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, 13 (8), 777-81

Distribution and Expression of Macrolide Resistance Genes in Coagulase-Negative Staphylococci


Distribution and Expression of Macrolide Resistance Genes in Coagulase-Negative Staphylococci

S G Gatermann et al. Clin Microbiol Infect.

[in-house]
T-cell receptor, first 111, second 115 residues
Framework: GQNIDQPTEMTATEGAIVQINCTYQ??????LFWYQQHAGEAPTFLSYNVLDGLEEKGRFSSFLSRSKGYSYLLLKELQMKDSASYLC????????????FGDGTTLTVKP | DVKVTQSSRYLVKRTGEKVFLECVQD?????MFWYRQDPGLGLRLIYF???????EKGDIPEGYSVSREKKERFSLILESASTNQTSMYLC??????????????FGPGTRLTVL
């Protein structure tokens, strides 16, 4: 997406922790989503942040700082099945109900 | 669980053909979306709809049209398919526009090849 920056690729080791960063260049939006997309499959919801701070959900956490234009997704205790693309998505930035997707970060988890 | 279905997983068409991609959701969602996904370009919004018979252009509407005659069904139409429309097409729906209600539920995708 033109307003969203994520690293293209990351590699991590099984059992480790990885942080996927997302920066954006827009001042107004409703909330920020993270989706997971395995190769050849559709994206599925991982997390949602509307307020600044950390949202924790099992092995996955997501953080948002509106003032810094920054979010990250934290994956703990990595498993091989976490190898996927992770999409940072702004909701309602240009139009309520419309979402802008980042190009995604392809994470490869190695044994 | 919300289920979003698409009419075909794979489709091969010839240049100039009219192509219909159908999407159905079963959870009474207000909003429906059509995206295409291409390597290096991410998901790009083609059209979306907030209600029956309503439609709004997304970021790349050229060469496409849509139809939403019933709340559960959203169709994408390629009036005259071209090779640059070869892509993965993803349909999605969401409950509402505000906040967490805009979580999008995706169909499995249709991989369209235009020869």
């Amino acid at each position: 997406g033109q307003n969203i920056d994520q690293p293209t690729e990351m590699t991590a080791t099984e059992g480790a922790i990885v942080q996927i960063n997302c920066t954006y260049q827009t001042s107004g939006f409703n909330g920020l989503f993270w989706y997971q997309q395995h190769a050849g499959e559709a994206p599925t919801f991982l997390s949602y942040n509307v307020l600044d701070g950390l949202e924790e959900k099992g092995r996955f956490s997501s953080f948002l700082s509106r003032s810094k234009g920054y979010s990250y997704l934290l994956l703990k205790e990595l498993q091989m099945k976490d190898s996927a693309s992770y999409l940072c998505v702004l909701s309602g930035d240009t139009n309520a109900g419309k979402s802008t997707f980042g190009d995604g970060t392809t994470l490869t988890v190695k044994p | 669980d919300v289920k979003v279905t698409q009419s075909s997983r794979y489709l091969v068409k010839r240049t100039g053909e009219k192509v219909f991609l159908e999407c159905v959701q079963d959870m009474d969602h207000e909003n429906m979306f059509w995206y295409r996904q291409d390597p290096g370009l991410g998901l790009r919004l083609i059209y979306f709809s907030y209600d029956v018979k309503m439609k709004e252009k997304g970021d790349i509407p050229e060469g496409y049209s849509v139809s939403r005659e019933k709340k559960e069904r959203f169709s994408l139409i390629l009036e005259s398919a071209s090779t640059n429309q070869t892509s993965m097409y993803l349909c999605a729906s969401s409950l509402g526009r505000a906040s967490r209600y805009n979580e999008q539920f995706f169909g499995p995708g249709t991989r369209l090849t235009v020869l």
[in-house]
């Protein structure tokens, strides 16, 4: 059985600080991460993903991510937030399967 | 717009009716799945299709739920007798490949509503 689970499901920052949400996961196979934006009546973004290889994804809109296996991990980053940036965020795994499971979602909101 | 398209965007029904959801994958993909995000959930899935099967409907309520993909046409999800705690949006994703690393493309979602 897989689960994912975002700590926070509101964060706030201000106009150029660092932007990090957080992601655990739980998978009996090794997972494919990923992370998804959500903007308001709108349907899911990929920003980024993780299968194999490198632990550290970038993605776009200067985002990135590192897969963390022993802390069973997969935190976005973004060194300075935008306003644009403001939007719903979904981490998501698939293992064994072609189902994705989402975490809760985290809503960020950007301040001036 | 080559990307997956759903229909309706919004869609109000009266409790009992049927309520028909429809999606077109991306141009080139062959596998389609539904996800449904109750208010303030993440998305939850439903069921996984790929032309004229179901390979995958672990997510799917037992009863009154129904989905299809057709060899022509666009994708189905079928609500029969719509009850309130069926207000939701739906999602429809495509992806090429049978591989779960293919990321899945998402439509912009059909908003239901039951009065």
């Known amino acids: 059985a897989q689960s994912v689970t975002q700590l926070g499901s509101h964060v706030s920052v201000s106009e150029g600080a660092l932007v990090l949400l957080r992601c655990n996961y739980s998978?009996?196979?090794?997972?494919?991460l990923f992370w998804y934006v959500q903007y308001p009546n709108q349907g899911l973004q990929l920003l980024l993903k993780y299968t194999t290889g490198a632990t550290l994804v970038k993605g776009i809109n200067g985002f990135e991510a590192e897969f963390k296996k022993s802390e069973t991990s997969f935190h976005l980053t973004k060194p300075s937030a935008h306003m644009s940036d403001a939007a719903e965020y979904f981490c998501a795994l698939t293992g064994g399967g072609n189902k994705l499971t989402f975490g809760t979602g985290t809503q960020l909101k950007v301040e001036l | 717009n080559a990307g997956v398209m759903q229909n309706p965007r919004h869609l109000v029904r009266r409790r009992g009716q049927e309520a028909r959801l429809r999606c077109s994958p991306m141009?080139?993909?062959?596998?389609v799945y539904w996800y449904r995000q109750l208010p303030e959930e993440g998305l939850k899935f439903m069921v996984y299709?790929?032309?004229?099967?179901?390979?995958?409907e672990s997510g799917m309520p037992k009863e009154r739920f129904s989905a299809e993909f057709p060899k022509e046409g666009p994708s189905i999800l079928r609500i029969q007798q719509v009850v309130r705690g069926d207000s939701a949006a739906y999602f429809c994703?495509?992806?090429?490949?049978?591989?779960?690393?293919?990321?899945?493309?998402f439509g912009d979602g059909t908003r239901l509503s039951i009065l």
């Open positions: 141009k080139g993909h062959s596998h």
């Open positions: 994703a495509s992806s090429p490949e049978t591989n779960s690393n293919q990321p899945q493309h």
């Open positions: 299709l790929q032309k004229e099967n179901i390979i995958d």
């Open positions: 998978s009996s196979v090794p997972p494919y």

In total, 494 isolates of coagulase-negative staphylococci (CoNS) were identified to the species level by biochemical tests and sodA sequencing. Erythromycin resistance phenotypes were determined and specific resistance genes were identified by PCR. The prevalence of erythromycin resistance varied widely among staphylococcal species, from 0% in Staphylococcus lugdunensis to almost 90% in Staphylococcus haemolyticus. Most (63%) erythromycin-resistant isolates carried constitutively expressed erm(C) as the sole resistance determinant, with the notable exception of Staphylococcus hominis subsp. hominis, which carried inducible erm(C). The erm(A) and erm(B) determinants were comparatively rare. The msr(A) gene was carried by 20-30% of all erythromycin-resistant isolates, with little variation among species, and was combined in 16.7% of isolates with mph(C), a resistance gene of unknown clinical relevance found previously in isolates of veterinary origin. No erythromycin resistance that could not be attributed to the genes investigated was detected. It was concluded that the presence of methylases cannot be assumed in CoNS isolates that appear erythromycin-resistant and clindamycin-susceptible; thus, methods that detect the export mechanism should be used with clinically significant isolates to indicate whether use of clindamycin may be effective. In Staphylococcus epidermidis and S. haemolyticus, 46% and 66%, respectively, of erythromycin-resistant, clindamycin-susceptible isolates were susceptible to clindamycin therapy.

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